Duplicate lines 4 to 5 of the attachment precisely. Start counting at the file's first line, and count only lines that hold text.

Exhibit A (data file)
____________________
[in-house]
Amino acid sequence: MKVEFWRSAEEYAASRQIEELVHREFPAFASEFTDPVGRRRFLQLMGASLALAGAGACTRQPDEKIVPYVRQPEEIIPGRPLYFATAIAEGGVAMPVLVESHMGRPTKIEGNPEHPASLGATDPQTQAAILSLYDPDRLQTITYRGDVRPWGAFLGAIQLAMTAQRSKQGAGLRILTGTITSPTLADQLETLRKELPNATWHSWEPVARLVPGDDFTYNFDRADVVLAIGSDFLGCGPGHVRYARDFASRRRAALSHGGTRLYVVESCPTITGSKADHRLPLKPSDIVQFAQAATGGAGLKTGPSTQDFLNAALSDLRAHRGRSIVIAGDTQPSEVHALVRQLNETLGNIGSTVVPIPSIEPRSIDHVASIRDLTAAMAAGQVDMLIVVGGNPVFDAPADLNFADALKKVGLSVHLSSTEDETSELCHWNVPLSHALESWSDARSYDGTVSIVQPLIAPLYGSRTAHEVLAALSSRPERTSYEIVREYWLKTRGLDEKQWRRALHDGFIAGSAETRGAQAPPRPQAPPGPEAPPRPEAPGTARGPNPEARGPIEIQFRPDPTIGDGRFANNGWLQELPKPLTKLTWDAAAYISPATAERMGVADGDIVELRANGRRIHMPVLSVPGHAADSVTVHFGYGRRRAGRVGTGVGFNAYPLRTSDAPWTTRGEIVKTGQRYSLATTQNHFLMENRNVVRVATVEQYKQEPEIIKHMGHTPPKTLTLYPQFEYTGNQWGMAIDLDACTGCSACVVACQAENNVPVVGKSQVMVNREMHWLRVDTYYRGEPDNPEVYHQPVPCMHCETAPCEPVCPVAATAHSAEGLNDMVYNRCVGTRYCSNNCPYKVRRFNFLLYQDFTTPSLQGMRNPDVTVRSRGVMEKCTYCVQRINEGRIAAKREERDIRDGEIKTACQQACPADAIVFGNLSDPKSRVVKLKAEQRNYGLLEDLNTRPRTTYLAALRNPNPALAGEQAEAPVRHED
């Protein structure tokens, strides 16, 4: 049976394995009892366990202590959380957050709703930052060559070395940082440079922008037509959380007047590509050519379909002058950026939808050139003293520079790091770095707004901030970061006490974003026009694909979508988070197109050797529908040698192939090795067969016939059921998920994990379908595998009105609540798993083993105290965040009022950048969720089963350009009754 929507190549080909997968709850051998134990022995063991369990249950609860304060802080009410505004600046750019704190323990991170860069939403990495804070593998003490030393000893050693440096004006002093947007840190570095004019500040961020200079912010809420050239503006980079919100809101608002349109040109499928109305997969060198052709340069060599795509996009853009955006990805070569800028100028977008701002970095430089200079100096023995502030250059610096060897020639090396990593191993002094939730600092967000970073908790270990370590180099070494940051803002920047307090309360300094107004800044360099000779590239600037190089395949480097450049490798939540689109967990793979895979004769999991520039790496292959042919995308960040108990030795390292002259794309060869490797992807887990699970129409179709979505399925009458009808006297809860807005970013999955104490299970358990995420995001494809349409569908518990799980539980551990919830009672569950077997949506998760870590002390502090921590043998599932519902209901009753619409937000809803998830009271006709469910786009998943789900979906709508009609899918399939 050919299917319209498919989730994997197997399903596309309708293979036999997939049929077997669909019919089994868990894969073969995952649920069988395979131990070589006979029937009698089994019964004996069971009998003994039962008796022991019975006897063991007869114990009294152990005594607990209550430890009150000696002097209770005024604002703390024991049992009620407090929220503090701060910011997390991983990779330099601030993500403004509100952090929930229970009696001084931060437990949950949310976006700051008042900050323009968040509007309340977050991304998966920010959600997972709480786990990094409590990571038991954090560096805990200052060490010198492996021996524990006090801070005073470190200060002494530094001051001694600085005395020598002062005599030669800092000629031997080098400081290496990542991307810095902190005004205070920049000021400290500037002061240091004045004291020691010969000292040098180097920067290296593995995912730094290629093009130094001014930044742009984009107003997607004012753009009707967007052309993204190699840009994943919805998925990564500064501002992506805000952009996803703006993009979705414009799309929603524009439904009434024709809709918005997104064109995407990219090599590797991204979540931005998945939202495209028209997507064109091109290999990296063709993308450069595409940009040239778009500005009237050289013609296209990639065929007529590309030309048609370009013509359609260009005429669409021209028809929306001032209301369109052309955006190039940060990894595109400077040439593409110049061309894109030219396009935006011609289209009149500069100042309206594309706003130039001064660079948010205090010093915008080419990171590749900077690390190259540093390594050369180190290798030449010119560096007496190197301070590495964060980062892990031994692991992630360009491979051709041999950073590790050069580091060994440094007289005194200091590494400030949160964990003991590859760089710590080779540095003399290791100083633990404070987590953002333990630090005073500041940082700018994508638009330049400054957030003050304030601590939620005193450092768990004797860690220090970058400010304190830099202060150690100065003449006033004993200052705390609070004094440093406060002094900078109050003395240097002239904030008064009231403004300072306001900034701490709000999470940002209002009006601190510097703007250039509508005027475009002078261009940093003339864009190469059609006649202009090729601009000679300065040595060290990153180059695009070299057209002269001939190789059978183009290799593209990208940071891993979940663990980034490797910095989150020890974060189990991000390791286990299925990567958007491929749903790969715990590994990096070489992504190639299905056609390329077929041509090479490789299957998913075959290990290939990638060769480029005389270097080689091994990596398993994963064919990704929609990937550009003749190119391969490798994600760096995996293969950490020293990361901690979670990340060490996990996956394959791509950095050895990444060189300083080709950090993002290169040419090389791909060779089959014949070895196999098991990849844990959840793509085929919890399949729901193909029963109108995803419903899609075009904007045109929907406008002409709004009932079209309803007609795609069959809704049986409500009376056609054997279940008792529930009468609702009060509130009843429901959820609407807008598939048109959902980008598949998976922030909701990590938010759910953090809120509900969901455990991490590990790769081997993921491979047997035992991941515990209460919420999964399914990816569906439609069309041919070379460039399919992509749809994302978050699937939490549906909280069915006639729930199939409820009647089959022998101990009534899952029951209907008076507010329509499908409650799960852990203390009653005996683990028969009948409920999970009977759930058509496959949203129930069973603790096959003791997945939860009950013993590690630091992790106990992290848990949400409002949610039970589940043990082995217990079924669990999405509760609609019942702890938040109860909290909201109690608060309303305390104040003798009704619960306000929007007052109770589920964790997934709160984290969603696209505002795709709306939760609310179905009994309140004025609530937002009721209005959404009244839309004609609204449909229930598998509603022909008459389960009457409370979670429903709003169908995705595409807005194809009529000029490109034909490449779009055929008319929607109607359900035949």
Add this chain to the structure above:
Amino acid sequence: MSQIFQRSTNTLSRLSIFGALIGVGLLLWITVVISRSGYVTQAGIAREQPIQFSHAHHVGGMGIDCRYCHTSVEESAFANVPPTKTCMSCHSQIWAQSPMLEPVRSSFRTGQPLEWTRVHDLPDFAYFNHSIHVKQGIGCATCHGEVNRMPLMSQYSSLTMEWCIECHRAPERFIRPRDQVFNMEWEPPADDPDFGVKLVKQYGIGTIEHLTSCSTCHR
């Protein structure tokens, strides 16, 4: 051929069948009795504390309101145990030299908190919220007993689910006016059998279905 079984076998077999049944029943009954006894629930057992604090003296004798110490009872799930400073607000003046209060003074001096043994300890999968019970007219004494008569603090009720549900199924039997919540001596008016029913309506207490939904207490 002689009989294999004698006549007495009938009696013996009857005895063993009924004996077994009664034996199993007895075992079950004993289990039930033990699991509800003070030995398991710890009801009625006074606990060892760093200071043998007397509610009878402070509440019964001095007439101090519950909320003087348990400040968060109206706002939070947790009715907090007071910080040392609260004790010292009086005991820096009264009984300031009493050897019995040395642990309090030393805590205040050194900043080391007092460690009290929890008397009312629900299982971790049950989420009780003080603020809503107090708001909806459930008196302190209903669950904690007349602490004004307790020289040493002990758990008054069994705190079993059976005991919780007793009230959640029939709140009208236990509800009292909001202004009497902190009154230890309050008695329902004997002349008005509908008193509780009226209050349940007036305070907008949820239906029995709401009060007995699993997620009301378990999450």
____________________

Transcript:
Add this chain to the structure above:
Amino acid sequence: MSQIFQRSTNTLSRLSIFGALIGVGLLLWITVVISRSGYVTQAGIAREQPIQFSHAHHVGGMGIDCRYCHTSVEESAFANVPPTKTCMSCHSQIWAQSPMLEPVRSSFRTGQPLEWTRVHDLPDFAYFNHSIHVKQGIGCATCHGEVNRMPLMSQYSSLTMEWCIECHRAPERFIRPRDQVFNMEWEPPADDPDFGVKLVKQYGIGTIEHLTSCSTCHR